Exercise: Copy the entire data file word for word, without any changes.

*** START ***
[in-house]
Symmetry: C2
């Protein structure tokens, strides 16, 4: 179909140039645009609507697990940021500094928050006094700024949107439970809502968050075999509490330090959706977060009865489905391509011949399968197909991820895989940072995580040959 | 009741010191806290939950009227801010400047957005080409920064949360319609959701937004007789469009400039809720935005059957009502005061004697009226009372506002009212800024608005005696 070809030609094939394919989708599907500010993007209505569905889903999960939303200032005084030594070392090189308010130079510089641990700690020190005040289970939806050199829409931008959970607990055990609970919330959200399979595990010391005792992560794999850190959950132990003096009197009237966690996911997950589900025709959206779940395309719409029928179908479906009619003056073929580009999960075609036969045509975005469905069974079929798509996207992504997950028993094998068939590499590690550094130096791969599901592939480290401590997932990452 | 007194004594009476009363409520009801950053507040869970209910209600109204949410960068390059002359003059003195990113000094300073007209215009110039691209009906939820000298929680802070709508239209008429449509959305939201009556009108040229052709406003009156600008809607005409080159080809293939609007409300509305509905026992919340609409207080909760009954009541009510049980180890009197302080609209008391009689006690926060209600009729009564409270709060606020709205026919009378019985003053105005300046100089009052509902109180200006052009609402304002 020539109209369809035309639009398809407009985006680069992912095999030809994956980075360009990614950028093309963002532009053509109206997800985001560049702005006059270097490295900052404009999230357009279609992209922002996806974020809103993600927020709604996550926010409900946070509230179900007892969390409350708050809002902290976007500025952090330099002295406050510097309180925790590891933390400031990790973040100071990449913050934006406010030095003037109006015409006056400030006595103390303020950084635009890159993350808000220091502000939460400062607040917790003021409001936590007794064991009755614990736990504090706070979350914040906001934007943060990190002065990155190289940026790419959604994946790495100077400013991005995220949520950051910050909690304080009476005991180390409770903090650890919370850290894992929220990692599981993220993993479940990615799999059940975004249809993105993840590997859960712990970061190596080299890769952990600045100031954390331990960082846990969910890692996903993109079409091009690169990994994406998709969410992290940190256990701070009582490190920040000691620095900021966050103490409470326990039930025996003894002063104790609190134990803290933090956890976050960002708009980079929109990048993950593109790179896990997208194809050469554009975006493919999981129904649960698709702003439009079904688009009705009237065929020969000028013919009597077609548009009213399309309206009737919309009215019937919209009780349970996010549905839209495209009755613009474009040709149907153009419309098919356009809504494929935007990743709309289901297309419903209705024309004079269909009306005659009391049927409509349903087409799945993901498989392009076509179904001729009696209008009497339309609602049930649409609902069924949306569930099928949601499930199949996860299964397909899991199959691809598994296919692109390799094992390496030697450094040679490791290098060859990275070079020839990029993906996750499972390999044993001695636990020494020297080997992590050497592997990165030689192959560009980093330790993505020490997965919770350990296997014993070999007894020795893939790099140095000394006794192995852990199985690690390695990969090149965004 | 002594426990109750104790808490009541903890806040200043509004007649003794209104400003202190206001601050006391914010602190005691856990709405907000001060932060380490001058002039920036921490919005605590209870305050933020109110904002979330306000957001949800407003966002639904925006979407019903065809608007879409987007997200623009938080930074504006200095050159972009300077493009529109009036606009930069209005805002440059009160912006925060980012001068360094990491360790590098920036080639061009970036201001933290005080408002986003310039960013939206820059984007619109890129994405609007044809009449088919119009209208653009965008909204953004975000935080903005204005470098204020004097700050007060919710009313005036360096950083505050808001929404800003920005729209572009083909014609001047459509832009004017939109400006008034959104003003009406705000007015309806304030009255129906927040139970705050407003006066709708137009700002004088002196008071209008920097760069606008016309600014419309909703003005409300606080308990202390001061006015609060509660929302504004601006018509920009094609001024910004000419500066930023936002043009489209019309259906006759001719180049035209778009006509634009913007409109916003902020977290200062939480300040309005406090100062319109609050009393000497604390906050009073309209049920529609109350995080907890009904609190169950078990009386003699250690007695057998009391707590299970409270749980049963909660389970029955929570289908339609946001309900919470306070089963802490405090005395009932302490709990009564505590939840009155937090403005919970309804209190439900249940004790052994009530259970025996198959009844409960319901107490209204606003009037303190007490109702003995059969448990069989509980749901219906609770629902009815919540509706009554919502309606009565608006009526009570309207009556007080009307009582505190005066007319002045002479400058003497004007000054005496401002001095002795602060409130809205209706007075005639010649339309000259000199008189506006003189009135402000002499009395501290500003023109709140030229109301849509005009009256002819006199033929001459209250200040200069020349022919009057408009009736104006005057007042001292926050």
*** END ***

[in-house]
Symmetry: C2
């Protein structure tokens, strides 16, 4: 179909140039645009609507697990940021500094928050006094700024949107439970809502968050075999509490330090959706977060009865489905391509011949399968197909991820895989940072995580040959 | 009741010191806290939950009227801010400047957005080409920064949360319609959701937004007789469009400039809720935005059957009502005061004697009226009372506002009212800024608005005696 070809030609094939394919989708599907500010993007209505569905889903999960939303200032005084030594070392090189308010130079510089641990700690020190005040289970939806050199829409931008959970607990055990609970919330959200399979595990010391005792992560794999850190959950132990003096009197009237966690996911997950589900025709959206779940395309719409029928179908479906009619003056073929580009999960075609036969045509975005469905069974079929798509996207992504997950028993094998068939590499590690550094130096791969599901592939480290401590997932990452 | 007194004594009476009363409520009801950053507040869970209910209600109204949410960068390059002359003059003195990113000094300073007209215009110039691209009906939820000298929680802070709508239209008429449509959305939201009556009108040229052709406003009156600008809607005409080159080809293939609007409300509305509905026992919340609409207080909760009954009541009510049980180890009197302080609209008391009689006690926060209600009729009564409270709060606020709205026919009378019985003053105005300046100089009052509902109180200006052009609402304002 020539109209369809035309639009398809407009985006680069992912095999030809994956980075360009990614950028093309963002532009053509109206997800985001560049702005006059270097490295900052404009999230357009279609992209922002996806974020809103993600927020709604996550926010409900946070509230179900007892969390409350708050809002902290976007500025952090330099002295406050510097309180925790590891933390400031990790973040100071990449913050934006406010030095003037109006015409006056400030006595103390303020950084635009890159993350808000220091502000939460400062607040917790003021409001936590007794064991009755614990736990504090706070979350914040906001934007943060990190002065990155190289940026790419959604994946790495100077400013991005995220949520950051910050909690304080009476005991180390409770903090650890919370850290894992929220990692599981993220993993479940990615799999059940975004249809993105993840590997859960712990970061190596080299890769952990600045100031954390331990960082846990969910890692996903993109079409091009690169990994994406998709969410992290940190256990701070009582490190920040000691620095900021966050103490409470326990039930025996003894002063104790609190134990803290933090956890976050960002708009980079929109990048993950593109790179896990997208194809050469554009975006493919999981129904649960698709702003439009079904688009009705009237065929020969000028013919009597077609548009009213399309309206009737919309009215019937919209009780349970996010549905839209495209009755613009474009040709149907153009419309098919356009809504494929935007990743709309289901297309419903209705024309004079269909009306005659009391049927409509349903087409799945993901498989392009076509179904001729009696209008009497339309609602049930649409609902069924949306569930099928949601499930199949996860299964397909899991199959691809598994296919692109390799094992390496030697450094040679490791290098060859990275070079020839990029993906996750499972390999044993001695636990020494020297080997992590050497592997990165030689192959560009980093330790993505020490997965919770350990296997014993070999007894020795893939790099140095000394006794192995852990199985690690390695990969090149965004 | 002594426990109750104790808490009541903890806040200043509004007649003794209104400003202190206001601050006391914010602190005691856990709405907000001060932060380490001058002039920036921490919005605590209870305050933020109110904002979330306000957001949800407003966002639904925006979407019903065809608007879409987007997200623009938080930074504006200095050159972009300077493009529109009036606009930069209005805002440059009160912006925060980012001068360094990491360790590098920036080639061009970036201001933290005080408002986003310039960013939206820059984007619109890129994405609007044809009449088919119009209208653009965008909204953004975000935080903005204005470098204020004097700050007060919710009313005036360096950083505050808001929404800003920005729209572009083909014609001047459509832009004017939109400006008034959104003003009406705000007015309806304030009255129906927040139970705050407003006066709708137009700002004088002196008071209008920097760069606008016309600014419309909703003005409300606080308990202390001061006015609060509660929302504004601006018509920009094609001024910004000419500066930023936002043009489209019309259906006759001719180049035209778009006509634009913007409109916003902020977290200062939480300040309005406090100062319109609050009393000497604390906050009073309209049920529609109350995080907890009904609190169950078990009386003699250690007695057998009391707590299970409270749980049963909660389970029955929570289908339609946001309900919470306070089963802490405090005395009932302490709990009564505590939840009155937090403005919970309804209190439900249940004790052994009530259970025996198959009844409960319901107490209204606003009037303190007490109702003995059969448990069989509980749901219906609770629902009815919540509706009554919502309606009565608006009526009570309207009556007080009307009582505190005066007319002045002479400058003497004007000054005496401002001095002795602060409130809205209706007075005639010649339309000259000199008189506006003189009135402000002499009395501290500003023109709140030229109301849509005009009256002819006199033929001459209250200040200069020349022919009057408009009736104006005057007042001292926050």